Re-Thinking Evidence-Based Practice Publications

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Where the Opportunity is Offered
All of California
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NIC invites applications from nonprofit organizations (including faith-based, community, and tribal organizations), for-profit organizations (including tribal for-profit organizations), and institutions of higher education (including tribal institutions of higher education). Recipients, including for-profit organizations, must agree to waive any profit or fee for services. Foreign governments, international organizations, and non-governmental international organizations/institutions are not eligible to apply. Proof of 501(c) (3) status as determined by the Internal Revenue Service or an authorizing tribal resolution is required.NIC welcomes applications that involve two or more entities; however, one eligible entity must be the applicant and the others must be proposed as subrecipients. The applicant must be the entity with primary responsibility for administering the funding and managing the entire program. Only one (1) application will be accepted from a submitting organization.
Cameron D Coblentz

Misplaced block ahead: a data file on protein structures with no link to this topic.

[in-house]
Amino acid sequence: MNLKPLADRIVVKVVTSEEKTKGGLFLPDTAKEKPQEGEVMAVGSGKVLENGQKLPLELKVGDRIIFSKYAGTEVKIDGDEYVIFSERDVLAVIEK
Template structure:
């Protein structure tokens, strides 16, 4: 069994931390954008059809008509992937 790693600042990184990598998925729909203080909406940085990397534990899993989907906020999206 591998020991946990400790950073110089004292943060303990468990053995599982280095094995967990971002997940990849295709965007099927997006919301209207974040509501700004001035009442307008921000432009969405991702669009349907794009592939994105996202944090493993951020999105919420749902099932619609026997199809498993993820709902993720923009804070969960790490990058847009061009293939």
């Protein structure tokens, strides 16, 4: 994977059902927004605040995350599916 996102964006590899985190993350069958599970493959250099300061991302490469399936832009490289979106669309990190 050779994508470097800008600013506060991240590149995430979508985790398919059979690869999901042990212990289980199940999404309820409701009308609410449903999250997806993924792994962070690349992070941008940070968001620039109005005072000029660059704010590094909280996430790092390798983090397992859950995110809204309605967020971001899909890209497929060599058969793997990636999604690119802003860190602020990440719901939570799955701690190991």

The mission of the National Institute of Corrections (NIC) is to advance public safety by shaping and enhancing correctional policies and practices through leadership, learning, and innovation ( One way that NIC pursued its mission was through the publication of a series of documents on the implementation of evidence-based practices (EBPs) in the early 2000s. These documents addressed multiple aspects of EBPs and remain relevant and influential today; however, some of the content is outdated and does not embrace the implementation science approaches and other significant research that has emerged since the creation of these documents. In 2020, NIC funded a project to revise, update, and expand four of its EBP documents: · Implementing Evidence-Based Practice in Community Corrections: The Principles of Effective[KG1] Intervention (2004) · Implementing Evidence-Based Practice in Community Corrections: Quality Assurance Manual (2005) · Implementing Evidence‐Based Policy and Practice in Community Corrections: Second Edition (2008) · Putting the Pieces Together: Practical Strategies for Implementing Evidence-Based Practices (2011) Specific deliverables included adding new information about research on EBPs, incorporating insights from implementation science and the input of practitioners and academics involved with the implementation of EBPs in community supervision agencies. For example, suggestions from the practitioners and academics included making the materials responsive to the interests, needs, and concerns of staff with different responsibilities in their organizations and creating tools such as briefs, checklists, videos, and infographics, and capturing practitioners’ experiences in testimonials and “lessons learned.” The initial work focused on developing a content restructuring plan to guide future content development, resource selection, organization, and delivery with the goal of making the EBP content more accessible, approachable, and actionable. Rather than producing printed documents, the content will be digital and housed on a dedicated microsite on NIC’s website. The microsite will contain content organized according to users’ positions within community supervision organizations and focus on four target audiences: community supervision staff, supervisors, executives, and implementation support staff. The content will focus on the tasks, responsibilities, skills, and competencies that each audience needs to contribute to the successful implementation of EBPs. As of the writing of this solicitation, content development and restructuring for one of the four target audiences (community supervision staff) is complete and will be used to guide the development of the remaining microsite content.

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